Deteriorating relations with the US

#1
The current feud between Cristina and the United States looks very serious. I was hoping that relations between the countries would improve under her leadership but I guess I was wrong. The fighting has already started. The Argentine Congress even issued a condemnation of the US for its involvement in the suitcase scandal (seems to me they have a right to be involved since the man carrying all the money is a US citizen). Anyway, I am wondering if expats are going to run into hostility in day to day dealings with Argentines. at the airport etc.
 

malbec

Active Member
#2
Oh, yes!! Expect public executions of foreigners on squares all over the country. The children will then kick the bodies and the rests will be placed at the airport in Ezeiza, so that no more foreigners dare to visit this holly country!
Come back down from the cloud you are living on! Talk to Argentines, read the forums (or the comments at La Nacion's website - in case you still don't know it is a newspaper) and then you'll learn what Argentines think about this episode.
By the way...a few months back the expropiations by D'Elia seemed to be waiting to happen...nothing like that happened. Is it that many posters can't just live without a conspiracy theory or playing the victim all the time?
 
#3
Sergio -- to answer your question in a non-sarcastic tone.....the only reason the current administration in Argentina is outraged by U.S. "interference" is that they got caught...plain and simple and they can't stand the fact that the U.S. government is involved since they resent us so much. I just read something on Yahoo Argentina that the U.S. - Venezuelan man involved made a visit to the casa de gobierno two days after the cash incident. Why was he there? As usual, lets blame the U.S. for Argentine corrpuption and its flaws.This is all political. I think the average person here can see it for what its worth if they have any intelligence.
 
#4
I brought up the issue because an expat friend is worried that the government might react by making visas more difficult to get. Many expats are living - or even working - here on tourist visas. Residence is really tough to get here, as many know. Diplomacy involves something called reciprocity. For example, the US requires visas for US citizens so Brazil, to show its annoyance, charges Americans $100 (or is it more now?) for a tourist visa. If there is serious tension between the US and Argentina there could be a tightening up of visas, especially tourist visas. Maybe Cabernet joking is justified - or maybe not. Anything can happen in Argentina.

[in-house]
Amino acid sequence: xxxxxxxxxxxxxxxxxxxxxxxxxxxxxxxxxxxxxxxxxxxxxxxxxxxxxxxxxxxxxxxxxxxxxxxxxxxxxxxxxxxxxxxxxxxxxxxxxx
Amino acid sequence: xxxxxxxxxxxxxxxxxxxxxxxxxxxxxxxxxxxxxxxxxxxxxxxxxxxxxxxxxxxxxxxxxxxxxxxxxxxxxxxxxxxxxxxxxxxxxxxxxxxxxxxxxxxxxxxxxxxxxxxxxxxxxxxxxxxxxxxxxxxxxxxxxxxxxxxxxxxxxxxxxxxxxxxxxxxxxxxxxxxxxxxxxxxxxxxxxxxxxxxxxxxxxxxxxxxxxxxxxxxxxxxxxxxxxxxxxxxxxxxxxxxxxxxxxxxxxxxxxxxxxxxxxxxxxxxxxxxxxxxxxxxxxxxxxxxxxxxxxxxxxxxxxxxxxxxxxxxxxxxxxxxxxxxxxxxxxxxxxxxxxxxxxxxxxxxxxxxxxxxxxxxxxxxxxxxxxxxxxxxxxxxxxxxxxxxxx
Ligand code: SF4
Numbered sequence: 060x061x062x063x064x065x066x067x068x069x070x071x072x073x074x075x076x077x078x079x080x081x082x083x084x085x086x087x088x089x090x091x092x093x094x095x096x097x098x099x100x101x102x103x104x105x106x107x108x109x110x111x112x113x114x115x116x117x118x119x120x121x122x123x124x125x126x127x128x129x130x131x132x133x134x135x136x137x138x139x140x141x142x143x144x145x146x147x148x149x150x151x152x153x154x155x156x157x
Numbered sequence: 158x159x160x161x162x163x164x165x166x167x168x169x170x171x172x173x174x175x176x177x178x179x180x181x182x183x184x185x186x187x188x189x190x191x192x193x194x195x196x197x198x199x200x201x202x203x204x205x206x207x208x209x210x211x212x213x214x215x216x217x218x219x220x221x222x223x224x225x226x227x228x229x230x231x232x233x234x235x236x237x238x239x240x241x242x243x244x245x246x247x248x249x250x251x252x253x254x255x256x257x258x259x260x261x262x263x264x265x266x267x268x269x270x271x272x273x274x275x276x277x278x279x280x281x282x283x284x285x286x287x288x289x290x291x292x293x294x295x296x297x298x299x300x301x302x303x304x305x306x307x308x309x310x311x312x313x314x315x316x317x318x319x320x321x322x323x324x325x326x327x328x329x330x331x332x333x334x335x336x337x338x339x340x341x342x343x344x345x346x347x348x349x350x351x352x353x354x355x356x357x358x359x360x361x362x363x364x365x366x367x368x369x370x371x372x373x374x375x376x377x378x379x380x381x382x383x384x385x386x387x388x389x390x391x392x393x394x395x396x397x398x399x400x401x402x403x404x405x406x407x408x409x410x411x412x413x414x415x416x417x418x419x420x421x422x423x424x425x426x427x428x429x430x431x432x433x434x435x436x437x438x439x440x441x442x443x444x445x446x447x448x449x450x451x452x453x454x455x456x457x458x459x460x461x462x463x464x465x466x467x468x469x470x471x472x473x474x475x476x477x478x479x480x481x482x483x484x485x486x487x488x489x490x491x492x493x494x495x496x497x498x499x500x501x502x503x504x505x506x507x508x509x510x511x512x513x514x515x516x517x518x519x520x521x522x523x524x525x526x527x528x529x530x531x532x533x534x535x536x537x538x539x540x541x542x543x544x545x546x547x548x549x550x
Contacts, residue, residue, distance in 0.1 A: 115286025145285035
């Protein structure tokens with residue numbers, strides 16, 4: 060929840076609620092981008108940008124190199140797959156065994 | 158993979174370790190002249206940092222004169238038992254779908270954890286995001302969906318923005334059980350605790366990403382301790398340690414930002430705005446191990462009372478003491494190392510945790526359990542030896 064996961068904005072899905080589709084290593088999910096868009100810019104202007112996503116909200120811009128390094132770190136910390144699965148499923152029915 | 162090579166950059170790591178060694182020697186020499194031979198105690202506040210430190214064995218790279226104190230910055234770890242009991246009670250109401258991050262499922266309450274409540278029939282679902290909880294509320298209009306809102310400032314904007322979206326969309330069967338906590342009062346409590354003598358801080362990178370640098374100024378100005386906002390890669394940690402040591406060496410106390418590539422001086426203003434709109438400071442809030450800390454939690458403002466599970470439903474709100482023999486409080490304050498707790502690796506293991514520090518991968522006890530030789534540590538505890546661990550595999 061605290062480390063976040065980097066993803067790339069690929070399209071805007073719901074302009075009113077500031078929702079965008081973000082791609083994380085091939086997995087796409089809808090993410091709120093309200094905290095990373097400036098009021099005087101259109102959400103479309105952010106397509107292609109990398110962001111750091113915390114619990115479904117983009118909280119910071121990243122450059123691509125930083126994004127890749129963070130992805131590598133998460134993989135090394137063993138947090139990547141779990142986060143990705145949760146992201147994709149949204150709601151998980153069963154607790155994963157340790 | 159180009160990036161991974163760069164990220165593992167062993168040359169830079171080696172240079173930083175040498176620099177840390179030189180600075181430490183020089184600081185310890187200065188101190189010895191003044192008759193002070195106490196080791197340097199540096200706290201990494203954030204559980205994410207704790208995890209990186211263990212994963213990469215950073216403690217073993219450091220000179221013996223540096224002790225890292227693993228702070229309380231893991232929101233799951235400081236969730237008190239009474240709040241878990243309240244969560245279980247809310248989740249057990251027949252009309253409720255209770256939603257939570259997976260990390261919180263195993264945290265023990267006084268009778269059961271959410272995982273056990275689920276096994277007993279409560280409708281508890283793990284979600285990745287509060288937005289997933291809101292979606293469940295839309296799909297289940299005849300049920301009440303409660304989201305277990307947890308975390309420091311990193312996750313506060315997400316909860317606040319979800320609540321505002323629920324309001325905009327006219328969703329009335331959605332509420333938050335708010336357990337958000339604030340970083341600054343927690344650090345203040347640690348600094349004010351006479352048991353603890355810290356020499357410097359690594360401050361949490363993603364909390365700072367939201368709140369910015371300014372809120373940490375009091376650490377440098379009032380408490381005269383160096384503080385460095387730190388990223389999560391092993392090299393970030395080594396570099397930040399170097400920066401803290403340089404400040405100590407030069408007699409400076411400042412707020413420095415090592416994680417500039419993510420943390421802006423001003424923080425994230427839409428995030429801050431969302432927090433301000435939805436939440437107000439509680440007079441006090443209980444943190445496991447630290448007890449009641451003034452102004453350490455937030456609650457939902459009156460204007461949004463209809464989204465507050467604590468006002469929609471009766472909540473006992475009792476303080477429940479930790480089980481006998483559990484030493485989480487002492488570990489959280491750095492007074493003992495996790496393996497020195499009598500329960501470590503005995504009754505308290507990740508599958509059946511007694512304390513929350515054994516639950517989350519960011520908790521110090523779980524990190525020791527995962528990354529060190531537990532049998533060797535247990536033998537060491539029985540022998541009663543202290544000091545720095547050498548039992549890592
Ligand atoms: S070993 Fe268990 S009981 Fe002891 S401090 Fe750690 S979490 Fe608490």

nikad

Registered
#5
To work on a tourist visa is illegal and anybody doing it should know that it can have consequences. Getting a working permit here is not more difficult than getting one in the US. Talking about reciprocity, do you know that after 9/11 Argentines need a visa to enter the US? Do you know that the processing fee for a US tourist visa is not reimbursed if it is not approved?
 
#6
Sergio, you wrote: Residence is really tough to get here, as many know.What is it about getting residency that is so difficult? I found a website that makes it sound problematic, but they are promoting a business service of expediting the application process. Have you heard of any anti-US sentiment that has surfaced when US citizens have applied for residency, or is it something else?
 

Matty

Active Member
#7
Let me advise you that just to get application forms for US visas will cost you. Asians are doling out their cash to get a chance to step inside the US.
Surprisingly, I have seen Argentinians in Mexico, working there, and trying to get inside the US by repetitious visa applications. I am not sure why Argentinians would want to get into the USA, they have is so great if they live and work in BsAs. I have seen them live in sub-standard conditions just to gather $$ to get application after application. And one time I even thought, these people would never live like this in BsAs...but I guess, the dream to enter the USA is still alive and well inside some of the portenos. Oh btw, the person that is bringing them into Mexico is an Argentinian who lives in the US but has a metal shop in Mesico. Talk about exploitation...takes it a very new alarming level. (sigh)
 
#8
I was asking about US citizens having a "really tough" time getting residency in Argentina as sergio referred to in his post...I hope he will add additional information about obstacles to getting a residency visa in Argentina.
 

nikad

Registered
#9
"steveinbsas" said:
We're talking about US citizens getting residency in Argentina. At least that's what sergio referred to in his post...I hope he will add additional information about obstacles to getting a residency visa in Argentina.
Getting a residency visa is a burocratic process, just like everywhere ( the US for example ) the difference is that a lot of expats prefer to stay ilegally instead of doing what they should do, for the only reason that they can get away with it, by going to Uruguay, paying the relatively cheap fine at Migrations and so on.
 
#10
What I would really like to know is if anyone has experienced any anti-US feedback from Argentine migraciones and what specifically makes getting residency here "really tough" as sergio stated in his post.